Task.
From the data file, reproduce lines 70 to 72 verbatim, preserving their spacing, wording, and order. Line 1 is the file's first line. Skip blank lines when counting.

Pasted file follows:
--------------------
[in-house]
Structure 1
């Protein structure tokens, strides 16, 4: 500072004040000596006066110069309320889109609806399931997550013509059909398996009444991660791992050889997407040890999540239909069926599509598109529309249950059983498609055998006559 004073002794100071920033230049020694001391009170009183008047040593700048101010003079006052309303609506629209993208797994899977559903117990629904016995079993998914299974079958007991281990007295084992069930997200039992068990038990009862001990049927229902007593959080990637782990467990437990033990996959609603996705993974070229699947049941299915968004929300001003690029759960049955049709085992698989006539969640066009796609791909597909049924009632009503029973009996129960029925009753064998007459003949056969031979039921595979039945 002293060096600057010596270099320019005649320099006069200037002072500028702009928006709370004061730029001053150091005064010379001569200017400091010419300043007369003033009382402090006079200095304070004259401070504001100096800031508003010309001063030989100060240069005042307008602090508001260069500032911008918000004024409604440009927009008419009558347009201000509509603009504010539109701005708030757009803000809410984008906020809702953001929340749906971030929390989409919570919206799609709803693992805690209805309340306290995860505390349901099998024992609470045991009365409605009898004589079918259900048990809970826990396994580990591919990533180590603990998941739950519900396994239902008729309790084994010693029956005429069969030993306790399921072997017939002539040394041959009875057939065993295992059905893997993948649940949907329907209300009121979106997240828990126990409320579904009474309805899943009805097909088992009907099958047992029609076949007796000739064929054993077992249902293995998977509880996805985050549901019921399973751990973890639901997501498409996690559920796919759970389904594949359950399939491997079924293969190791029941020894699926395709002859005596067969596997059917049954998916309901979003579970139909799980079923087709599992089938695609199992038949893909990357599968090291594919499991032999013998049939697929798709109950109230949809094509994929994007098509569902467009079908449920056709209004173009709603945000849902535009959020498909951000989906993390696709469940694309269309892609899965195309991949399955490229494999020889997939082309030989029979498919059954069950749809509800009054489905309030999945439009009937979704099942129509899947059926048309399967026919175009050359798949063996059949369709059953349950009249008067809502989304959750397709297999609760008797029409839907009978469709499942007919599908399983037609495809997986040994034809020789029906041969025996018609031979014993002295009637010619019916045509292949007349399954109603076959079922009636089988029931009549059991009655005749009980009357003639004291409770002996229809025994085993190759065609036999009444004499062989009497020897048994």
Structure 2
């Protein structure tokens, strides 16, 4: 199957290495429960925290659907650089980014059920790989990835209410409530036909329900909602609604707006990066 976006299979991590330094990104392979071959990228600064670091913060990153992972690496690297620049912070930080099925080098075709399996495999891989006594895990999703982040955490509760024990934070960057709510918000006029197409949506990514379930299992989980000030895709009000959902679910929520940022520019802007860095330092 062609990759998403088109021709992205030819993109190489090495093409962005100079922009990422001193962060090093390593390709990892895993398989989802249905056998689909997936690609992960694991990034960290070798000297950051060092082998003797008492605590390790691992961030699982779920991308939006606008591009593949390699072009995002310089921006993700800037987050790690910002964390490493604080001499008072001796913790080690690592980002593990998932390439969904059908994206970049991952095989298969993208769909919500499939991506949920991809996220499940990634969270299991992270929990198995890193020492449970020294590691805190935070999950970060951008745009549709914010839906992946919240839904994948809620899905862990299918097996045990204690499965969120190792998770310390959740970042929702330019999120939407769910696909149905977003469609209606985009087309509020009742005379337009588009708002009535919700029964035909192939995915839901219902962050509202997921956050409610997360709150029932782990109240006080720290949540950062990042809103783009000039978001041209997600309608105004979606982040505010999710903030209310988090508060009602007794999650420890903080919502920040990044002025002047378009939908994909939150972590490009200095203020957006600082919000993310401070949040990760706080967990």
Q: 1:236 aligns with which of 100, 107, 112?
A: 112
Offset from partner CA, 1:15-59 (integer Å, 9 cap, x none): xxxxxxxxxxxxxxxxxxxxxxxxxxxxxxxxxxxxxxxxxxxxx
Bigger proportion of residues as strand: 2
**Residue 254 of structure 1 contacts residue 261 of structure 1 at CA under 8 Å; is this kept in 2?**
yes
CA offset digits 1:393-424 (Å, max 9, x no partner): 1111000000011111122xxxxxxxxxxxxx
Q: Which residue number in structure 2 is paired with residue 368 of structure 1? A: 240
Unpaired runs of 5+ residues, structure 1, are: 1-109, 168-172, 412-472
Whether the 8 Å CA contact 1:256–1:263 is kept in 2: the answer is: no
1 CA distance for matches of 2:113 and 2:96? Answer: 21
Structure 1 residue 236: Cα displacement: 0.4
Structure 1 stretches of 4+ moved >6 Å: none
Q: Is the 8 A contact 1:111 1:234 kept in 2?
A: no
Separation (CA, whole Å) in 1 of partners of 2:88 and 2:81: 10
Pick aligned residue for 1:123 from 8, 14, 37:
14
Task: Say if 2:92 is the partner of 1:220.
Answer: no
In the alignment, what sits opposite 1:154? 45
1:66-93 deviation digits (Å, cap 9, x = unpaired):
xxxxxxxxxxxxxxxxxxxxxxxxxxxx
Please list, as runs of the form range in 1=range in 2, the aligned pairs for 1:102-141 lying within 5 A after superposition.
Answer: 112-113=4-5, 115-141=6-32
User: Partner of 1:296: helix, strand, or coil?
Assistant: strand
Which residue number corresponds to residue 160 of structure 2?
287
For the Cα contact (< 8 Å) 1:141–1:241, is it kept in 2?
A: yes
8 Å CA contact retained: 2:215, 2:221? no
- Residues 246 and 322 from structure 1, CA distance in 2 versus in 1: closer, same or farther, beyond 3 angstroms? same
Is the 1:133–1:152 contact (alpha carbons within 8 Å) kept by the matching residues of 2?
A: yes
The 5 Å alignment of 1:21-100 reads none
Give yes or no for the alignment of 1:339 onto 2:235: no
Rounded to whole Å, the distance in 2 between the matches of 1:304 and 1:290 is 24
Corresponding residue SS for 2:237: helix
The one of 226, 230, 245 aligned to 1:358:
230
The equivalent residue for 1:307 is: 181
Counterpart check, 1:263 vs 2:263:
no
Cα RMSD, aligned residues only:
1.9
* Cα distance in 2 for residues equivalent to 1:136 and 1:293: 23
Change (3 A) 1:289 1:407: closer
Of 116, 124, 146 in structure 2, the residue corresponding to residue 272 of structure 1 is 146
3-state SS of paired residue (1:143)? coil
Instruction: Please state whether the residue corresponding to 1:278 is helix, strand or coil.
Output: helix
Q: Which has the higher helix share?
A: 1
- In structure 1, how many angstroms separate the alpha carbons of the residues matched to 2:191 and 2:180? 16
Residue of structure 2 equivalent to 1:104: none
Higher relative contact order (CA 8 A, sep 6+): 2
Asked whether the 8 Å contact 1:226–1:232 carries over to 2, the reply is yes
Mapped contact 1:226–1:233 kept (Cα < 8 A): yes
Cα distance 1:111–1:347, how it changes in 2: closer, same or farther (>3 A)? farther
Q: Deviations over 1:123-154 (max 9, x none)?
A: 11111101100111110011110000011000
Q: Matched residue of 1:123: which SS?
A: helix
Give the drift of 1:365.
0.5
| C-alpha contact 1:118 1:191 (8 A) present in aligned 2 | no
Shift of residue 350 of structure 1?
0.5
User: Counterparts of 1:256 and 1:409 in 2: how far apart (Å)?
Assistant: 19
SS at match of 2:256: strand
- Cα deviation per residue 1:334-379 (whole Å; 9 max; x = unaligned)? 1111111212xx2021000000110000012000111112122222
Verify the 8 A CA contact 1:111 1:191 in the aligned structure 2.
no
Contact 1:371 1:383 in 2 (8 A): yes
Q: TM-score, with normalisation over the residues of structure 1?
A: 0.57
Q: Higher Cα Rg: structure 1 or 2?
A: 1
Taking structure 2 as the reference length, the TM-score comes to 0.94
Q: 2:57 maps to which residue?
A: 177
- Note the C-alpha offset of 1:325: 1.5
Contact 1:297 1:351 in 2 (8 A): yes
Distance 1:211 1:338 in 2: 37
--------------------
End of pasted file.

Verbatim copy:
Give the drift of 1:365.
0.5
| C-alpha contact 1:118 1:191 (8 A) present in aligned 2 | no